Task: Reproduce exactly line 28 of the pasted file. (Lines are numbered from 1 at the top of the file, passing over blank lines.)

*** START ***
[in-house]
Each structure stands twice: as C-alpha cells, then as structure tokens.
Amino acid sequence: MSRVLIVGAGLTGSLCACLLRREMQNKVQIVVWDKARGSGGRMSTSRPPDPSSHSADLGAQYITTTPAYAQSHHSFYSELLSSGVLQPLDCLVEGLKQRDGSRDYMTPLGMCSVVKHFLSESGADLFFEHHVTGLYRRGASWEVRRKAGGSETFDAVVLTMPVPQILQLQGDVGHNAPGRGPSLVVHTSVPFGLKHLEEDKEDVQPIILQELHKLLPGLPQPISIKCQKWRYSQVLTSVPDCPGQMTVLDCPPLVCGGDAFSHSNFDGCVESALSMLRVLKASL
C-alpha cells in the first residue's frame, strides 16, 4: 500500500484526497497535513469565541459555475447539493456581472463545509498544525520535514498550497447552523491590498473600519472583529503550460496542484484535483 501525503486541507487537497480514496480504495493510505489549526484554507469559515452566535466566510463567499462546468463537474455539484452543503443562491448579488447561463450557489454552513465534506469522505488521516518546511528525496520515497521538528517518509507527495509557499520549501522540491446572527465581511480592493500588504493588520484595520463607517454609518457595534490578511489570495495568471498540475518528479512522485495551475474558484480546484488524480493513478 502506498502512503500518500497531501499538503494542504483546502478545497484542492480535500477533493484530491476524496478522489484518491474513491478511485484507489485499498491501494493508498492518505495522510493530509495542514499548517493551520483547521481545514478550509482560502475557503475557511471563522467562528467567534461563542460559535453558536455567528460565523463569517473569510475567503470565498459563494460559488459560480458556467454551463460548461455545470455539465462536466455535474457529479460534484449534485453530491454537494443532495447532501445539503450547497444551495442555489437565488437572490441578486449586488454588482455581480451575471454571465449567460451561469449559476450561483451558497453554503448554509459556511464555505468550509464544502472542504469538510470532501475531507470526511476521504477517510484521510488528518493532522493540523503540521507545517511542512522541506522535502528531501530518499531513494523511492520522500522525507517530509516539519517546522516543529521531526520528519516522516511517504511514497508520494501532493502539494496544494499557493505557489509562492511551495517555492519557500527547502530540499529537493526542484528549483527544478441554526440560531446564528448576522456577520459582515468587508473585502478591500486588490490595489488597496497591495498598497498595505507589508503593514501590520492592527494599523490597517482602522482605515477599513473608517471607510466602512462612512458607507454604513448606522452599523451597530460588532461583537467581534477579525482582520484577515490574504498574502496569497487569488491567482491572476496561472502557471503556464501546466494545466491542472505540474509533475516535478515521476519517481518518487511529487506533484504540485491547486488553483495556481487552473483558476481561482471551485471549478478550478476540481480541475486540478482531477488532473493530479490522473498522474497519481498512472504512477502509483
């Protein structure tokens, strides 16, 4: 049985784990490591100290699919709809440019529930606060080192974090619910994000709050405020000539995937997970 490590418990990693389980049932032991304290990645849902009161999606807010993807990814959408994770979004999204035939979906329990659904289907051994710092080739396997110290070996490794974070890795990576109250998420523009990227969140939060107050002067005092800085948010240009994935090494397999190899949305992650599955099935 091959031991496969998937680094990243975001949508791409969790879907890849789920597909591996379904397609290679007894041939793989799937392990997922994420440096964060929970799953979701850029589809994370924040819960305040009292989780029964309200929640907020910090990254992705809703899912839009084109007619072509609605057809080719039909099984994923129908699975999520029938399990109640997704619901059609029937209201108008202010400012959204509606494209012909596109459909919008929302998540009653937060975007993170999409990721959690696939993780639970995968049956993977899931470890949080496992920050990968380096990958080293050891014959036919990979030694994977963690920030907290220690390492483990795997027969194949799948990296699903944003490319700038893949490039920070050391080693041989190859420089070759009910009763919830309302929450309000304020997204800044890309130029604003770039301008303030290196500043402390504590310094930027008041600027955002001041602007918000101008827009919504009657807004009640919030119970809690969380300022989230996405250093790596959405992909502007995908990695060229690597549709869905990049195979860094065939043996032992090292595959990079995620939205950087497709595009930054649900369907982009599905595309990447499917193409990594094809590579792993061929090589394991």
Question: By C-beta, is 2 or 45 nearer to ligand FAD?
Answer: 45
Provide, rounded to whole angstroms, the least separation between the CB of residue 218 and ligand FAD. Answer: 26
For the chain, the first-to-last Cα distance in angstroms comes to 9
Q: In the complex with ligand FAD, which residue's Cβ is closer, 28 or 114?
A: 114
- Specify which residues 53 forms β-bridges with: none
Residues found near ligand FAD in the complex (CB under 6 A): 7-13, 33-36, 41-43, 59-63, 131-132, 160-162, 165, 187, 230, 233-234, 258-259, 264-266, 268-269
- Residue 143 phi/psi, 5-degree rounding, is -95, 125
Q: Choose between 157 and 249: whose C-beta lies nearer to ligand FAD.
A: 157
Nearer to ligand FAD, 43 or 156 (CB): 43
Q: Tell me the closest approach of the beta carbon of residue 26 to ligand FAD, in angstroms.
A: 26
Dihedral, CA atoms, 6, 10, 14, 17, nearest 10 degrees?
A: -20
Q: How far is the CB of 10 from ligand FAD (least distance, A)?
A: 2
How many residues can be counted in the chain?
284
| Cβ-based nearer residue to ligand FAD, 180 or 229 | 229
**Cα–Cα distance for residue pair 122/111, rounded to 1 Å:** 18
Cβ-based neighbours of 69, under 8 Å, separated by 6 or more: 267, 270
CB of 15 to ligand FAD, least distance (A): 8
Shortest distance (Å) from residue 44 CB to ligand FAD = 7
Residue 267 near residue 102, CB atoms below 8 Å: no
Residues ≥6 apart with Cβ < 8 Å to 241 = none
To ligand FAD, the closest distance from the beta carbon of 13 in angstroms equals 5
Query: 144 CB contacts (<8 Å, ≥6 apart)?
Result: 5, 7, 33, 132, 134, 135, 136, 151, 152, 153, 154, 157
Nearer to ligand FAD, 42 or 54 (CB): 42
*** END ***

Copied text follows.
Cβ-based neighbours of 69, under 8 Å, separated by 6 or more: 267, 270